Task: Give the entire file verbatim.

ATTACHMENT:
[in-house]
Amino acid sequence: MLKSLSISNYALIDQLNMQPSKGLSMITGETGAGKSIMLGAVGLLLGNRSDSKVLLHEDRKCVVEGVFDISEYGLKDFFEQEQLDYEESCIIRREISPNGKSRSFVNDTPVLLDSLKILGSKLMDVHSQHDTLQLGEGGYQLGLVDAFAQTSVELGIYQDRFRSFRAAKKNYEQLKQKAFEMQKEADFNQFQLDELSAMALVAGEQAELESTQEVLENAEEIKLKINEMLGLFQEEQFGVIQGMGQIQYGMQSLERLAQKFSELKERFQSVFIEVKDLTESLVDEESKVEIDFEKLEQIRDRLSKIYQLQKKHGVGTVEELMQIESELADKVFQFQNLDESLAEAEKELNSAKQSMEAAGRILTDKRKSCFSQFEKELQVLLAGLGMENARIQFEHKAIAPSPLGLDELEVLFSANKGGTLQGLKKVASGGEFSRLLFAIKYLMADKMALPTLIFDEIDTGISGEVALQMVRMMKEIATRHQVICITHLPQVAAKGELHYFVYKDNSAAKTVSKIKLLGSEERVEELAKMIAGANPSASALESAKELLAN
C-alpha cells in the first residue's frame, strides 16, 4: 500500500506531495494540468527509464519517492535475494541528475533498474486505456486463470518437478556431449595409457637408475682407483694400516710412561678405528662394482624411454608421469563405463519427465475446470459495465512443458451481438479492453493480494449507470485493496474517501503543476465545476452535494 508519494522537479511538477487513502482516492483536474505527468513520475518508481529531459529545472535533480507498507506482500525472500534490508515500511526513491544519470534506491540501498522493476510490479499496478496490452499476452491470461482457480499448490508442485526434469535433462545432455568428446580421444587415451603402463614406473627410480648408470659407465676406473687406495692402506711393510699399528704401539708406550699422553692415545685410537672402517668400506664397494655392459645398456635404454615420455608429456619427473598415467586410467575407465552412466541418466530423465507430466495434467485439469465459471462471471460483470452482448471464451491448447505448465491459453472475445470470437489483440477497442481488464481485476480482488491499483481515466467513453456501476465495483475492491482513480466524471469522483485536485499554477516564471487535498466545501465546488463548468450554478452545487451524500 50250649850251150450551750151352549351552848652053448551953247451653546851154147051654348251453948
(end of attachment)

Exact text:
[in-house]
Amino acid sequence: MLKSLSISNYALIDQLNMQPSKGLSMITGETGAGKSIMLGAVGLLLGNRSDSKVLLHEDRKCVVEGVFDISEYGLKDFFEQEQLDYEESCIIRREISPNGKSRSFVNDTPVLLDSLKILGSKLMDVHSQHDTLQLGEGGYQLGLVDAFAQTSVELGIYQDRFRSFRAAKKNYEQLKQKAFEMQKEADFNQFQLDELSAMALVAGEQAELESTQEVLENAEEIKLKINEMLGLFQEEQFGVIQGMGQIQYGMQSLERLAQKFSELKERFQSVFIEVKDLTESLVDEESKVEIDFEKLEQIRDRLSKIYQLQKKHGVGTVEELMQIESELADKVFQFQNLDESLAEAEKELNSAKQSMEAAGRILTDKRKSCFSQFEKELQVLLAGLGMENARIQFEHKAIAPSPLGLDELEVLFSANKGGTLQGLKKVASGGEFSRLLFAIKYLMADKMALPTLIFDEIDTGISGEVALQMVRMMKEIATRHQVICITHLPQVAAKGELHYFVYKDNSAAKTVSKIKLLGSEERVEELAKMIAGANPSASALESAKELLAN
C-alpha cells in the first residue's frame, strides 16, 4: 500500500506531495494540468527509464519517492535475494541528475533498474486505456486463470518437478556431449595409457637408475682407483694400516710412561678405528662394482624411454608421469563405463519427465475446470459495465512443458451481438479492453493480494449507470485493496474517501503543476465545476452535494 508519494522537479511538477487513502482516492483536474505527468513520475518508481529531459529545472535533480507498507506482500525472500534490508515500511526513491544519470534506491540501498522493476510490479499496478496490452499476452491470461482457480499448490508442485526434469535433462545432455568428446580421444587415451603402463614406473627410480648408470659407465676406473687406495692402506711393510699399528704401539708406550699422553692415545685410537672402517668400506664397494655392459645398456635404454615420455608429456619427473598415467586410467575407465552412466541418466530423465507430466495434467485439469465459471462471471460483470452482448471464451491448447505448465491459453472475445470470437489483440477497442481488464481485476480482488491499483481515466467513453456501476465495483475492491482513480466524471469522483485536485499554477516564471487535498466545501465546488463548468450554478452545487451524500 50250649850251150450551750151352549351552848652053448551953247451653546851154147051654348251453948